Bell Atlantic Co. v. Twombly, 550 U.S. 544, 555 (2007) (cites and footnote omitted); see also, Phillips v. County of Allegheny, 515 F.3d 224, 234 (3d Cir. 2008) (a plaintiff's factual allegations must be enough to raise a right to relief above the speculative level).
Most recently, in Ashcroft v. Iqbal, 129 S.Ct. 1937 (2009), the Supreme Court held, ". . . a complaint must contain sufficient factual matter, accepted as true, to state a claim to relief that is plausible on its face. A claim has facial plausibility when the plaintiff pleads factual content that allows the court to draw the reasonable inference that the defendant is liable for the misconduct alleged." Iqbal, 129 S.Ct. at1949 (citations omitted).
In Iqbal, the Court specifically highlighted the two principles which formed the basis of the Twombly decision: First, for the purposes of a motion to dismiss, courts must accept as true all factual allegations set forth in the complaint, but courts are not bound to accept as true any legal conclusions couched as factual allegations. Id. at 1949-1950. See also, Fowler v. UPMC Shadyside, 578 F.3d 203 (3d. Cir. Aug. 18, 2009). Second, a complaint will only survive a motion to dismiss if it states a plausible claim for relief, which requires a court to engage in a context-specific task, drawing on the court's judicial experience and common sense. Id. at 1950. Where well-pleaded facts do not permit the court to infer more than the mere possibility of misconduct, the complaint has alleged -- but has not shown -- the complainant is entitled to relief. Id., citing, F.R.Civ.P. 8(a)(2).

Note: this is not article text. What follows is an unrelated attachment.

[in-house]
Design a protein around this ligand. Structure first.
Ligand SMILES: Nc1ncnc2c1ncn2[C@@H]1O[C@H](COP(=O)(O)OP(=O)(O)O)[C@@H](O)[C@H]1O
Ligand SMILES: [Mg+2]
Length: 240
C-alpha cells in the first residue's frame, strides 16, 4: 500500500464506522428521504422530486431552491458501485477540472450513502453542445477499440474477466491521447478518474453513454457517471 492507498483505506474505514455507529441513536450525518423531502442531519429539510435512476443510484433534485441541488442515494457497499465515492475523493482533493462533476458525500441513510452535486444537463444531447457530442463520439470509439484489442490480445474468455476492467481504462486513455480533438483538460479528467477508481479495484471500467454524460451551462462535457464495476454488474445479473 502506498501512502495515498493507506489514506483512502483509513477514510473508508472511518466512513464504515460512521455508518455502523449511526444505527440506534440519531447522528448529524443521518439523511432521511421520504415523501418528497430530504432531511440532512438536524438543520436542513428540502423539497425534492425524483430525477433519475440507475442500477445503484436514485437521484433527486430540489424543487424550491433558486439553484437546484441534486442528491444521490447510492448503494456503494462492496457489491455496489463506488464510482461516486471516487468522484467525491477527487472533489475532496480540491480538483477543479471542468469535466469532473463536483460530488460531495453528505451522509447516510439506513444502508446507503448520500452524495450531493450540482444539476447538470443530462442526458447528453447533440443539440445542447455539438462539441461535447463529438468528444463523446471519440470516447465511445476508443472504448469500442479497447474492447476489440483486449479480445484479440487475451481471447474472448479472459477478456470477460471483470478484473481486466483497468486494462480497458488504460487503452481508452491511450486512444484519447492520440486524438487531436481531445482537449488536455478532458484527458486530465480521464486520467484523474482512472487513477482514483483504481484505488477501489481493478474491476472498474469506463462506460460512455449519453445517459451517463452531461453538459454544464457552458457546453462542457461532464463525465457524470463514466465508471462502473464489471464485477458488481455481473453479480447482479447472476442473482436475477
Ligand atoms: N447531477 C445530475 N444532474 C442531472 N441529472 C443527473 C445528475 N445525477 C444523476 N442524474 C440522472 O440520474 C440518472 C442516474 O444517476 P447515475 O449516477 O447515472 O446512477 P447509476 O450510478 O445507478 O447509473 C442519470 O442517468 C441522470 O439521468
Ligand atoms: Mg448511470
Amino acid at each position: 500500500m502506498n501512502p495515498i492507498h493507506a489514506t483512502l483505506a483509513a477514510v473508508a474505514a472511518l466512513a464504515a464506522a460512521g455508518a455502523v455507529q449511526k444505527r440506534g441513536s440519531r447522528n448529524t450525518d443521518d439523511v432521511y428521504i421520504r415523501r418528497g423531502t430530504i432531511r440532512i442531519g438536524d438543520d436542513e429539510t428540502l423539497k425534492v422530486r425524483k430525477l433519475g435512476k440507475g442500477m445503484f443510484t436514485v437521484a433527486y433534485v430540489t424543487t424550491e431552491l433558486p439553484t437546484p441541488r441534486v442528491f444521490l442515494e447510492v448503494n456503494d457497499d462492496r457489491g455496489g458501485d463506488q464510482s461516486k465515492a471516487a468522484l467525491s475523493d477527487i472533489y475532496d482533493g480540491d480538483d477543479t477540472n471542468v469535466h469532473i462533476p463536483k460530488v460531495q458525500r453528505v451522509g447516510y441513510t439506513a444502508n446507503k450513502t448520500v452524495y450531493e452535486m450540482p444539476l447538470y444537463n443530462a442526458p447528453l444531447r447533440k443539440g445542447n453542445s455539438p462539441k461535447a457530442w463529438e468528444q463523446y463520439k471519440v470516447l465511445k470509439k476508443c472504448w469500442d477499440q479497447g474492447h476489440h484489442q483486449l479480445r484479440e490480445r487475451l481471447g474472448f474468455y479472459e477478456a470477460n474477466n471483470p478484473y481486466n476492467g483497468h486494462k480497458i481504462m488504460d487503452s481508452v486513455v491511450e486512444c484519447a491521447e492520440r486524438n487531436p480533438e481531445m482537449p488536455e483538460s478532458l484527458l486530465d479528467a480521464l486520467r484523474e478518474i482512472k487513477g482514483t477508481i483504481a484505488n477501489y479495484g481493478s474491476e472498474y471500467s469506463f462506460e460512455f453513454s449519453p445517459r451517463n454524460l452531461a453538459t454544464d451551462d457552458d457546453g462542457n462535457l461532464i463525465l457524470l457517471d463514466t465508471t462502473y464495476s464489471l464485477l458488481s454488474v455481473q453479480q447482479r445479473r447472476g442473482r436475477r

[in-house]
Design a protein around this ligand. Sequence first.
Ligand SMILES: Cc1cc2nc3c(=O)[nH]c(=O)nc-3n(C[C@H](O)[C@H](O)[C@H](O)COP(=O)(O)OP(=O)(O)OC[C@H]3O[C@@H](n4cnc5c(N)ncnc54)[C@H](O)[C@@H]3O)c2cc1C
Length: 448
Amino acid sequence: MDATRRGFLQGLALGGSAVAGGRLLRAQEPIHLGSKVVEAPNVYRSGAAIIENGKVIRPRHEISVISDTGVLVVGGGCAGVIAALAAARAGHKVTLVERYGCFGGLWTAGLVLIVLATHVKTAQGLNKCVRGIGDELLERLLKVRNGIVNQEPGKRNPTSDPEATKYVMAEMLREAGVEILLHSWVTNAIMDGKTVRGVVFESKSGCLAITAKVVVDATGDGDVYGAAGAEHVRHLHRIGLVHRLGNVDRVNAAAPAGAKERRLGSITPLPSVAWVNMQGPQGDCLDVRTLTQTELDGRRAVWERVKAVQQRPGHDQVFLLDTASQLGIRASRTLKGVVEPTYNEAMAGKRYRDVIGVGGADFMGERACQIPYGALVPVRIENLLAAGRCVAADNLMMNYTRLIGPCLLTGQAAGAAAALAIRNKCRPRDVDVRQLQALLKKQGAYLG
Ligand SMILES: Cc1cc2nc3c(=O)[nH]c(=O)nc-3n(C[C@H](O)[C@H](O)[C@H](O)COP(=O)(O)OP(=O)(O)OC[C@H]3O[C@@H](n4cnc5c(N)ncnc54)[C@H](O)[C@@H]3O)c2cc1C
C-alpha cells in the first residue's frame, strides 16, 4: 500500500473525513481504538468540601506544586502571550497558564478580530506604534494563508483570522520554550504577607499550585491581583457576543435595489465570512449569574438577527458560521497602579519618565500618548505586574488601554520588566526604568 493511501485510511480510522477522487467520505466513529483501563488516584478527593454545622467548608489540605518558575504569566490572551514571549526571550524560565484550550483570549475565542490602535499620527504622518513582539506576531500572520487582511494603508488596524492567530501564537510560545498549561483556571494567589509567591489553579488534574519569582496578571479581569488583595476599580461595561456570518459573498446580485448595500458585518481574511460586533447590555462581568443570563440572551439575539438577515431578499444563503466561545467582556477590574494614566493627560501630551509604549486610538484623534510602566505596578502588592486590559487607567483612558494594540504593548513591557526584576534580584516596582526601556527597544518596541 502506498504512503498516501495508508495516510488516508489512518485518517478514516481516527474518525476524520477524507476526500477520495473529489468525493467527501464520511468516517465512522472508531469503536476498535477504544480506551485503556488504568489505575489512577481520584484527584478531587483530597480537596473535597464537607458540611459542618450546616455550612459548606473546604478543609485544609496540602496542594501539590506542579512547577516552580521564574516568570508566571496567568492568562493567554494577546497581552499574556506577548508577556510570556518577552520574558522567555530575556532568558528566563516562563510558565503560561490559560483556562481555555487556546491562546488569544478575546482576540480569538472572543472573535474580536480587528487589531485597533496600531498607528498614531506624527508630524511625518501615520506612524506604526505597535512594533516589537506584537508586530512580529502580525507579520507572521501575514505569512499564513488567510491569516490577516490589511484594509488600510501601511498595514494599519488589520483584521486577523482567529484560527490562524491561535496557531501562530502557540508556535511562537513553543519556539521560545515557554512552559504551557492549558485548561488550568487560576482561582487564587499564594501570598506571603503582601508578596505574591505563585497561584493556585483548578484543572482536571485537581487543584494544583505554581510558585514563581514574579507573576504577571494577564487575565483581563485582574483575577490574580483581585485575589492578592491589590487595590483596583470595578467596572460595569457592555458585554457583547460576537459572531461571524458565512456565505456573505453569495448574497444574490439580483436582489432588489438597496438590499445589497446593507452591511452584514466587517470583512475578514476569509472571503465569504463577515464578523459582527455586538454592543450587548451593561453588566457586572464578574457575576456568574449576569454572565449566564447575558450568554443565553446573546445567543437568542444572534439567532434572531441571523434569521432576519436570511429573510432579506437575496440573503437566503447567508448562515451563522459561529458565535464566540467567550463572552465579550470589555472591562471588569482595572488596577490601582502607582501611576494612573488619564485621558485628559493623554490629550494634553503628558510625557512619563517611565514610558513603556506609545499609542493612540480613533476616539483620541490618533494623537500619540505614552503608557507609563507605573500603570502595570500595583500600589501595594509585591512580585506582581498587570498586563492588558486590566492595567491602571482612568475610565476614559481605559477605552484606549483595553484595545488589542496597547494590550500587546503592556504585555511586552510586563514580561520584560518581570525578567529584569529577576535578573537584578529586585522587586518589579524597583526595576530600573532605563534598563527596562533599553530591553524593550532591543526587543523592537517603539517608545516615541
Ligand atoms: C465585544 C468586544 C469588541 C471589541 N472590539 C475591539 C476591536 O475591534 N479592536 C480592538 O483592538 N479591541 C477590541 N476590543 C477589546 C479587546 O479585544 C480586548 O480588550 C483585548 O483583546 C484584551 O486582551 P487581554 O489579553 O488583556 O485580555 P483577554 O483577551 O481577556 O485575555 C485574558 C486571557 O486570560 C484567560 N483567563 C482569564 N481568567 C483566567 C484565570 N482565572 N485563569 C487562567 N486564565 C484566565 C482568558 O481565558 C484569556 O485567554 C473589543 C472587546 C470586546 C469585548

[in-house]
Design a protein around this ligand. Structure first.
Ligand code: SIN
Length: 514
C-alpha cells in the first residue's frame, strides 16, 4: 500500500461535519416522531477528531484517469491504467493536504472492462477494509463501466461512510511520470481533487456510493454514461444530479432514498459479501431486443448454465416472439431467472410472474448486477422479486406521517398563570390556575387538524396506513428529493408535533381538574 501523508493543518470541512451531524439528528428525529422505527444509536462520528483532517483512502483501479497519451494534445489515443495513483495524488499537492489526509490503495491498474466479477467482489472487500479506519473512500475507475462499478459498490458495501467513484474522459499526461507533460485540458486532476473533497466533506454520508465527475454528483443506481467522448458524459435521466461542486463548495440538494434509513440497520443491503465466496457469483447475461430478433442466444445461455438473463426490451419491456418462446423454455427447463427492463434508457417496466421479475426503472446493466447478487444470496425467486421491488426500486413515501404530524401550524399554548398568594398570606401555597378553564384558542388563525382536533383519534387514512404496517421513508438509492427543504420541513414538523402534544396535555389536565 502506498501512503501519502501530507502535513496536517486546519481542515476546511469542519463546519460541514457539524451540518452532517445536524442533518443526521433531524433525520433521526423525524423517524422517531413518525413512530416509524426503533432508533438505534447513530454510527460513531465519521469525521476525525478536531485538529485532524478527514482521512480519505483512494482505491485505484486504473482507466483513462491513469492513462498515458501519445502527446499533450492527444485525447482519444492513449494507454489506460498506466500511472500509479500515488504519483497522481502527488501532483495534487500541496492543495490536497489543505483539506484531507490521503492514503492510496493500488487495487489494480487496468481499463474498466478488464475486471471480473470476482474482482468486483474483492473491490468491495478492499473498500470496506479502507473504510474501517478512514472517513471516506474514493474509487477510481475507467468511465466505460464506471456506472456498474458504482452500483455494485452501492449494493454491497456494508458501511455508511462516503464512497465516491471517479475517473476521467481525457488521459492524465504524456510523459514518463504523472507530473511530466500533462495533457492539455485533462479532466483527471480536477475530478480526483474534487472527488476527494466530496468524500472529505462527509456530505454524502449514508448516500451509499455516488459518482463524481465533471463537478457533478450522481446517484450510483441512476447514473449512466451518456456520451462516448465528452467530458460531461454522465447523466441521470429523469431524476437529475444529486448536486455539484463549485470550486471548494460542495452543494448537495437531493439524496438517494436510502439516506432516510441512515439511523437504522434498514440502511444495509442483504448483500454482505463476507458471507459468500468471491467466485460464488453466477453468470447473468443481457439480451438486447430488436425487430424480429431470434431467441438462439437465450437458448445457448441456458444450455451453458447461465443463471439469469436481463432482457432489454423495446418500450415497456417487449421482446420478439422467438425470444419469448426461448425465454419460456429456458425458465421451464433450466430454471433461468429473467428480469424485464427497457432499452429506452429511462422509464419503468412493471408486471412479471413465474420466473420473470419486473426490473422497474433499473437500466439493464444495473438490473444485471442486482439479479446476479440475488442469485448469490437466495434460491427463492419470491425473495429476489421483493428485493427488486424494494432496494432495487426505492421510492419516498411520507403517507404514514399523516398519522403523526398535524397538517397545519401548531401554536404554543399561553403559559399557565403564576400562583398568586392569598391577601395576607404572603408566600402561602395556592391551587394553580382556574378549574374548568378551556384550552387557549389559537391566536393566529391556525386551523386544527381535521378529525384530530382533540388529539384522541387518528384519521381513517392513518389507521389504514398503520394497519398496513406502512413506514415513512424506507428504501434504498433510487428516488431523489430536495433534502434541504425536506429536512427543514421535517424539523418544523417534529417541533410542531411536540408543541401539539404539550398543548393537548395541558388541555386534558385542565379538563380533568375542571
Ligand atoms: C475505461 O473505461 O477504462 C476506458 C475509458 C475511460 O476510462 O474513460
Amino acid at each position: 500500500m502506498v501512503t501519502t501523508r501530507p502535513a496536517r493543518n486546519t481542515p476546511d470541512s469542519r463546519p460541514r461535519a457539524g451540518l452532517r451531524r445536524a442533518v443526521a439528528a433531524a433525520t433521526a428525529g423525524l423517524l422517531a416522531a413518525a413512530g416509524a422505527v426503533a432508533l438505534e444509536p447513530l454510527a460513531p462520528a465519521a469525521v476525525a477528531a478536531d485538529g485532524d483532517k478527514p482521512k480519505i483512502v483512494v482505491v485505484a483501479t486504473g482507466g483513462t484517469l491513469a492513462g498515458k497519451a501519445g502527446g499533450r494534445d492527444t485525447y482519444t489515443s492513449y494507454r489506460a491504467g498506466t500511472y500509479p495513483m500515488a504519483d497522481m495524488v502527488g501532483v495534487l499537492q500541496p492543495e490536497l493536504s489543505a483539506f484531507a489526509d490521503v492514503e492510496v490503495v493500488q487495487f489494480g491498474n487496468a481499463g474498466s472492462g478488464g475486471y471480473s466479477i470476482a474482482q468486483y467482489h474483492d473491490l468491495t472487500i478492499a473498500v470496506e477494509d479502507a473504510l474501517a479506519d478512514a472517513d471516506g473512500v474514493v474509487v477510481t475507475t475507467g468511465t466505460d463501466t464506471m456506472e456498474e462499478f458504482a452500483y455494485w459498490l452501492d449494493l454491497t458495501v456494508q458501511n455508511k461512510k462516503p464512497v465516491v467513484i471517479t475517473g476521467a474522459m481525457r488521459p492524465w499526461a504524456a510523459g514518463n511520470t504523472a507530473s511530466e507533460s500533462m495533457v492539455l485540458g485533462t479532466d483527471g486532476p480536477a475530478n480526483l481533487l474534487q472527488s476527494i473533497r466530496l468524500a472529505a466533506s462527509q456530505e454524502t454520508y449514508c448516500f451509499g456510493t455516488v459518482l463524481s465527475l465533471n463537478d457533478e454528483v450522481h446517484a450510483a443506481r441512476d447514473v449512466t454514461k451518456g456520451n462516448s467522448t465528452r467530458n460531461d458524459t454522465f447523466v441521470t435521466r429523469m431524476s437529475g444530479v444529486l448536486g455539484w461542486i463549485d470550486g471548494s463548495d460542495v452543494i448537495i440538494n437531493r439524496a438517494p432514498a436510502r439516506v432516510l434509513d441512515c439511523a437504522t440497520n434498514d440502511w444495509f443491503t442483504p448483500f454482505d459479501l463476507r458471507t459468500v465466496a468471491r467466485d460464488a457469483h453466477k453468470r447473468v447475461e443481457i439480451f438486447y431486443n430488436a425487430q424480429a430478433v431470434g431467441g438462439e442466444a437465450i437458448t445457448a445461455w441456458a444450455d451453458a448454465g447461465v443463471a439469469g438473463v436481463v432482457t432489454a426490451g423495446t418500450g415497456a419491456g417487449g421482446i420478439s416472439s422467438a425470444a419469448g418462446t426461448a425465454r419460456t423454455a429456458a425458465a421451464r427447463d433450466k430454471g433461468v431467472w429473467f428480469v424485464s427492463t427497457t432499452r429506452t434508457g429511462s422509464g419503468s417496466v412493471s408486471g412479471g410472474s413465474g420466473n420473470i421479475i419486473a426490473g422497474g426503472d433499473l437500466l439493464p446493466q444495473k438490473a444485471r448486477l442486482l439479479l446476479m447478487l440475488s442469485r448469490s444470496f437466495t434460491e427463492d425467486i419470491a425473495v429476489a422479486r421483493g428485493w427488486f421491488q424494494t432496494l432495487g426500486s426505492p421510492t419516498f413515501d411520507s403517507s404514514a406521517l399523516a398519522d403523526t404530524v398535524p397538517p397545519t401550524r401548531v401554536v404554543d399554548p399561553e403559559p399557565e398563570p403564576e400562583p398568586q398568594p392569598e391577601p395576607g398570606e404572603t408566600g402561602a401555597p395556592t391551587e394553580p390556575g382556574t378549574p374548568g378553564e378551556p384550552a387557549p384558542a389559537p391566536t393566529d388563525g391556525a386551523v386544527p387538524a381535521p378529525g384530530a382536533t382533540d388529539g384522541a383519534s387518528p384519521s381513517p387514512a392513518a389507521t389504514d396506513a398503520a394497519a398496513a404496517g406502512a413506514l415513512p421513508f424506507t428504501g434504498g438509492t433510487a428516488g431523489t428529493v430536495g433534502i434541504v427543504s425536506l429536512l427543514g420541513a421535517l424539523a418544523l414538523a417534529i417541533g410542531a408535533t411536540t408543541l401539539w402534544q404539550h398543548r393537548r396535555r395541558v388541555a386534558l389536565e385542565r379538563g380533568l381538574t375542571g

In applying this standard, I find that Plaintiff's Amended Complaint does not even provide a formulaic recitation of the elements of a cause of action, let alone provide any sort of facts surrounding the violations concluded by Plaintiff. See, Docket No. 14. The factual allegations provided are virtually non-existent and are completely insufficient to raise a right to relief above the speculative level for any cause of action. Simply put, to the extent the Amended Complaint is attempting to assert causes of action under the Pennsylvania Human Relations Act, 43 Pa.C.S. §951, et seq. ("PHRA"); the Age Discrimination in Employment Act, 29 U.S.C. §621, et seq. ("ADEA"); Title VII of the Civil Rights Act of 1964, 42 U.S.C. "2000e, et seq,; and the Americans with Disabilities Act, 42 U.S.C. '12101, et seq. ("ADA"), I find Amended Complaint has failed to set forth plausible violations on its face because I am unable to draw any reasonable inferences from the allegations that the Defendant is liable for the alleged violations. Consequently, dismissal of the Amended Complaint is warranted.
THEREFORE, this 9th day of August, 2010, after review of the Motion to Dismiss (Docket No. 17) and related documents, said Motion (Docket No. 17) is ...